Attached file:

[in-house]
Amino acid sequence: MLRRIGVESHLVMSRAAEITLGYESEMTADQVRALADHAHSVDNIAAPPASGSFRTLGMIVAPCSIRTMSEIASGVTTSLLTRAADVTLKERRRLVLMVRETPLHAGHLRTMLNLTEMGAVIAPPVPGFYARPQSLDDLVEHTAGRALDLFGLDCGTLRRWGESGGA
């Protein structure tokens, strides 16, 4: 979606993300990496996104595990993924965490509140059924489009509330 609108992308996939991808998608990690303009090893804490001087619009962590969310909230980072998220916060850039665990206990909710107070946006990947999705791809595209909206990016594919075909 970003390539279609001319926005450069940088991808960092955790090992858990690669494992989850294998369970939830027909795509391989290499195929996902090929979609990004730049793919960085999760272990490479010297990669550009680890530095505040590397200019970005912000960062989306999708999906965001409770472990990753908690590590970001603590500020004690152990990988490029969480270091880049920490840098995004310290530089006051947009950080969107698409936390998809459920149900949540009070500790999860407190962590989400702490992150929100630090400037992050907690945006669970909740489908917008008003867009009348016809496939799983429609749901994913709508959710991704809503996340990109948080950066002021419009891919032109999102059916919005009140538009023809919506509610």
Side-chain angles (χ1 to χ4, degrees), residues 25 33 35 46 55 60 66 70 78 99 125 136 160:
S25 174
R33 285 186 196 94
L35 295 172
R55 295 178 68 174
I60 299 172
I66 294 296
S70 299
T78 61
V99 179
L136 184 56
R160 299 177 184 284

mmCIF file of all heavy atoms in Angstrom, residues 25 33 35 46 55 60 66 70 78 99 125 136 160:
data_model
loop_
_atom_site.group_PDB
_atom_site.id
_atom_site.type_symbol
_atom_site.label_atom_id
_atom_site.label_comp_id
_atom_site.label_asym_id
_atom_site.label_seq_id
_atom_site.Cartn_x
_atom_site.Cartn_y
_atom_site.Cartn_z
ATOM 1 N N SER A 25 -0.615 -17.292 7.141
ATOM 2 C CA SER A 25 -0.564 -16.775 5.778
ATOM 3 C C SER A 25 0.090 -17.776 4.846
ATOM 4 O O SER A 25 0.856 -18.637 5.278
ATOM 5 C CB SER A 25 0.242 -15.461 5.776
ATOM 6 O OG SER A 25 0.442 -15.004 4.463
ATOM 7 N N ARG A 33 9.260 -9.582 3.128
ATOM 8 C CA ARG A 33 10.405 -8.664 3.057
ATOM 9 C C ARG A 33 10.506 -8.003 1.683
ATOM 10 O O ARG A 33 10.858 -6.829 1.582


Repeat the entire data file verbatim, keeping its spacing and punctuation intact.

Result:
[in-house]
Amino acid sequence: MLRRIGVESHLVMSRAAEITLGYESEMTADQVRALADHAHSVDNIAAPPASGSFRTLGMIVAPCSIRTMSEIASGVTTSLLTRAADVTLKERRRLVLMVRETPLHAGHLRTMLNLTEMGAVIAPPVPGFYARPQSLDDLVEHTAGRALDLFGLDCGTLRRWGESGGA
């Protein structure tokens, strides 16, 4: 979606993300990496996104595990993924965490509140059924489009509330 609108992308996939991808998608990690303009090893804490001087619009962590969310909230980072998220916060850039665990206990909710107070946006990947999705791809595209909206990016594919075909 970003390539279609001319926005450069940088991808960092955790090992858990690669494992989850294998369970939830027909795509391989290499195929996902090929979609990004730049793919960085999760272990490479010297990669550009680890530095505040590397200019970005912000960062989306999708999906965001409770472990990753908690590590970001603590500020004690152990990988490029969480270091880049920490840098995004310290530089006051947009950080969107698409936390998809459920149900949540009070500790999860407190962590989400702490992150929100630090400037992050907690945006669970909740489908917008008003867009009348016809496939799983429609749901994913709508959710991704809503996340990109948080950066002021419009891919032109999102059916919005009140538009023809919506509610």
Side-chain angles (χ1 to χ4, degrees), residues 25 33 35 46 55 60 66 70 78 99 125 136 160:
S25 174
R33 285 186 196 94
L35 295 172
R55 295 178 68 174
I60 299 172
I66 294 296
S70 299
T78 61
V99 179
L136 184 56
R160 299 177 184 284

mmCIF file of all heavy atoms in Angstrom, residues 25 33 35 46 55 60 66 70 78 99 125 136 160:
data_model
loop_
_atom_site.group_PDB
_atom_site.id
_atom_site.type_symbol
_atom_site.label_atom_id
_atom_site.label_comp_id
_atom_site.label_asym_id
_atom_site.label_seq_id
_atom_site.Cartn_x
_atom_site.Cartn_y
_atom_site.Cartn_z
ATOM 1 N N SER A 25 -0.615 -17.292 7.141
ATOM 2 C CA SER A 25 -0.564 -16.775 5.778
ATOM 3 C C SER A 25 0.090 -17.776 4.846
ATOM 4 O O SER A 25 0.856 -18.637 5.278
ATOM 5 C CB SER A 25 0.242 -15.461 5.776
ATOM 6 O OG SER A 25 0.442 -15.004 4.463
ATOM 7 N N ARG A 33 9.260 -9.582 3.128
ATOM 8 C CA ARG A 33 10.405 -8.664 3.057
ATOM 9 C C ARG A 33 10.506 -8.003 1.683
ATOM 10 O O ARG A 33 10.858 -6.829 1.582